To date, only one study has been published in the scholarly literature regarding the impact of medical amnesty on a college campus. Researchers at Cornell University evaluated the effectiveness of a Medical Amnesty Protocol (MAP) in increasing the likelihood that students would call for help in alcohol-related medical emergencies and that they would receive a brief psycho-educational intervention at the university health center as a follow-up to medical treatment (Lewis & Marchell, 2006). Results found consecutive increases in alcohol-related calls for assistance to emergency medical services. Students were also less likely to report fear of getting an intoxicated person in trouble as a barrier to calling for help. The percentage of students seen by health center staff for a brief psycho-educational intervention after an alcohol-related emergency also more than doubled.

This study appears to demonstrate an increased inclination for students to refer friends for medical attention following adoption of the policy. However, a reasonable question to ask is whether students referred for medical services are at less medical risk than they were before the policy was adopted. That is, are students more inclined to call for help rather than waiting until a situation is dire?

Another important outcome of this policy was an increase in student referrals to the health center for a brief psycho-educational intervention following an alcohol-related emergency. This lends support to the notion that policies may help students who are at risk for being problematic or dependent drinkers to receive the assistance they need in the form of early intervention.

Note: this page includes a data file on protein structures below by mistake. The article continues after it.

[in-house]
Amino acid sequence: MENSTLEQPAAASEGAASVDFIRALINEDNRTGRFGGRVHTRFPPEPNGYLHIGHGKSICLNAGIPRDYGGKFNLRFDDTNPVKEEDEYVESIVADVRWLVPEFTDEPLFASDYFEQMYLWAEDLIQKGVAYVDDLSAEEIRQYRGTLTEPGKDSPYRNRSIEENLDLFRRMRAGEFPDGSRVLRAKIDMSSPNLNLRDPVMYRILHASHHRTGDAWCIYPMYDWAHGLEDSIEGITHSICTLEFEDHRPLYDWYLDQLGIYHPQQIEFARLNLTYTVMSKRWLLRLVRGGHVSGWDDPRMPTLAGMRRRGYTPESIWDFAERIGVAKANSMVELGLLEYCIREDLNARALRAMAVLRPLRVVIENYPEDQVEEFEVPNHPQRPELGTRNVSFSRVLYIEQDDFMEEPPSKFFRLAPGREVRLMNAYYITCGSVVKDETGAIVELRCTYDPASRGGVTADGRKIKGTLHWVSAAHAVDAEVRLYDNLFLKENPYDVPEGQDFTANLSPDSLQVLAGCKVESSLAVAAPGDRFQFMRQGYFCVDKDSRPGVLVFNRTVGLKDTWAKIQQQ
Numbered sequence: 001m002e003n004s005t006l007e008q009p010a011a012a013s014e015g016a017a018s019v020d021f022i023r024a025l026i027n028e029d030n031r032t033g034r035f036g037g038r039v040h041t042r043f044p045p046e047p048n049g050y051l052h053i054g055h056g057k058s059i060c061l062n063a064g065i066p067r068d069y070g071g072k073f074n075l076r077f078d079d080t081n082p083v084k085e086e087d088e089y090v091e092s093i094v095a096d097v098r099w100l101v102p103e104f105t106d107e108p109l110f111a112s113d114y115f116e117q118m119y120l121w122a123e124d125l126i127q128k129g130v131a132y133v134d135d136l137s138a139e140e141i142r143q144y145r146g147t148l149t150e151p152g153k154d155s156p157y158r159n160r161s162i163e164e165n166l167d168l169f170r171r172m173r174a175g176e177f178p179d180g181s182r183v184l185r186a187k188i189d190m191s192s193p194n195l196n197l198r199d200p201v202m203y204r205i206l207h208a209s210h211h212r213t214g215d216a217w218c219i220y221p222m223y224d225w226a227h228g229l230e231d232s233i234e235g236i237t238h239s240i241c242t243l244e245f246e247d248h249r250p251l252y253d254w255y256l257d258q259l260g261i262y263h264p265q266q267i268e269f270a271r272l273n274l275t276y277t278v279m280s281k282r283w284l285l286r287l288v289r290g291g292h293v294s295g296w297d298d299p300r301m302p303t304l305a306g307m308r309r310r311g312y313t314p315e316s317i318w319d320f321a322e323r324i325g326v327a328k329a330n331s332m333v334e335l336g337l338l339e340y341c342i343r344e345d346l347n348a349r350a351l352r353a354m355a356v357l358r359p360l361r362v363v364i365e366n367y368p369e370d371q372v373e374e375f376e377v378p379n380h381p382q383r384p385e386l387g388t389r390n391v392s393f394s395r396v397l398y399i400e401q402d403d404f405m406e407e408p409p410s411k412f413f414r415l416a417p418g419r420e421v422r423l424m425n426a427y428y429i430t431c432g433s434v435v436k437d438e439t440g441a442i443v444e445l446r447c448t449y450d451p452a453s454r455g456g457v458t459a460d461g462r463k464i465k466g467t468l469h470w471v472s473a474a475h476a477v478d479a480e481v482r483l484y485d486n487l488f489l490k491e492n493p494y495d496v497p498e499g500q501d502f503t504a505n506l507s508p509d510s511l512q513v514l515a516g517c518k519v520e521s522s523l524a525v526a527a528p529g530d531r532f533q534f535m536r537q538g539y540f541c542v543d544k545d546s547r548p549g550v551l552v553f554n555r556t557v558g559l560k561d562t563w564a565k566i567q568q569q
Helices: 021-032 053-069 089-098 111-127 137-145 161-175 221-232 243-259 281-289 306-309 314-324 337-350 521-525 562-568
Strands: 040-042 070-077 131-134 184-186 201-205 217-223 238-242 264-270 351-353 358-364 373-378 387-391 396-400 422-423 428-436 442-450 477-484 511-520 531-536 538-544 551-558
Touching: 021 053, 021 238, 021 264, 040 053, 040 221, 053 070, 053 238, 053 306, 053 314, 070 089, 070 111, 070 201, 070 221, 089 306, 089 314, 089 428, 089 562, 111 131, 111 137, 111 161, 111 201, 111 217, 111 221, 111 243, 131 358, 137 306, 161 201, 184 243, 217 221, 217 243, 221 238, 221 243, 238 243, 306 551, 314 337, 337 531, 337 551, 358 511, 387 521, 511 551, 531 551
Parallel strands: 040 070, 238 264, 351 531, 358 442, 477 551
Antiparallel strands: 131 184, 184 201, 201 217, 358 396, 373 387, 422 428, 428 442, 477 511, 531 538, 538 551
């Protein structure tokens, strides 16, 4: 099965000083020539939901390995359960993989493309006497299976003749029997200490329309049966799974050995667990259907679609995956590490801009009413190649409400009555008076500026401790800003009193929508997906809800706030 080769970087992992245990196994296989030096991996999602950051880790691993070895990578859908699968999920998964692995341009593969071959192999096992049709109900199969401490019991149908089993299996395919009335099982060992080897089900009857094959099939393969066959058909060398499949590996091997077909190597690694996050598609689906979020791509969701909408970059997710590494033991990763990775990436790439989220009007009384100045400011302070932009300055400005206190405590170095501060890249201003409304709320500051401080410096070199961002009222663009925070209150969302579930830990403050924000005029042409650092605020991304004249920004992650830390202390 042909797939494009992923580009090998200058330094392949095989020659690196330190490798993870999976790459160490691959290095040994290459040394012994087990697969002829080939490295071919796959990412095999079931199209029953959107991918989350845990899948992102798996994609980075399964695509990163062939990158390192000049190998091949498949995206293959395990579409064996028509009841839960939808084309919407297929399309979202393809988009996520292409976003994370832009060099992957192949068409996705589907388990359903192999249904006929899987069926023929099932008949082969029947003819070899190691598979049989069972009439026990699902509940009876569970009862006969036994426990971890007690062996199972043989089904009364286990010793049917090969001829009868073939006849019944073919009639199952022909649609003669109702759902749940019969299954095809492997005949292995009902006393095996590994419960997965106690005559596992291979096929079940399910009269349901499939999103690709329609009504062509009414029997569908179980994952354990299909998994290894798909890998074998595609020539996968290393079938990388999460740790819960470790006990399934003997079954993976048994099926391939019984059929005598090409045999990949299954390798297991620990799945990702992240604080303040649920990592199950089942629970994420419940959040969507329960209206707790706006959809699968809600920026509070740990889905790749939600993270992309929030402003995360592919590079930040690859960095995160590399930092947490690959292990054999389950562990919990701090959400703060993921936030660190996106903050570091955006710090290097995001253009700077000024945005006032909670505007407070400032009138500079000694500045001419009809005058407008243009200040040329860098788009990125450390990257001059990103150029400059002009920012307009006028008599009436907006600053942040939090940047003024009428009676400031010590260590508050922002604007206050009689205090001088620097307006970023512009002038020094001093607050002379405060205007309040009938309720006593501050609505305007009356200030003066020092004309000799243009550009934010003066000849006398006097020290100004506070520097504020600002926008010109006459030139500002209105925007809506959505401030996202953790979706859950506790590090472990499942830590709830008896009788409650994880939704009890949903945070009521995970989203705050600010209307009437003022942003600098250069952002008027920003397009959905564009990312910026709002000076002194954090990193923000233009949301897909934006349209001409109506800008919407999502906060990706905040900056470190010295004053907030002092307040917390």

Although the policy succeeded at increasing calls for help, the data on overall drinking levels at Cornell during the study period were mixed. Therefore, it is unclear whether the policy promoted or deterred alcohol consumption on the part of students.

What is clear from the research is that there are a number of factors that play a role in students’ decision to call for help in the case of an alcohol-related medical emergency, which may play a role in the impact of a medical amnesty policy. In a 2007 NASPA Journal, Laura Oster-Aaland discusses several assumptions of a medical amnesty policy that are important to test:

  • Students can identify symptoms of alcohol poisoning
  • Students understand the risk associated with the symptoms of alcohol poisoning
  • Students responsible for help-seeking are sober enough to adequately judge the level of risk involved
  • Students are currently not calling for help due to fear of getting in trouble with the university
  • Students will be more likely to call for help if they are assured that they will not get in trouble

Before implementing a policy, an institution ought to assess students’ knowledge about alcohol poisoning and their attitudes towards calling for help.

Issues and considerations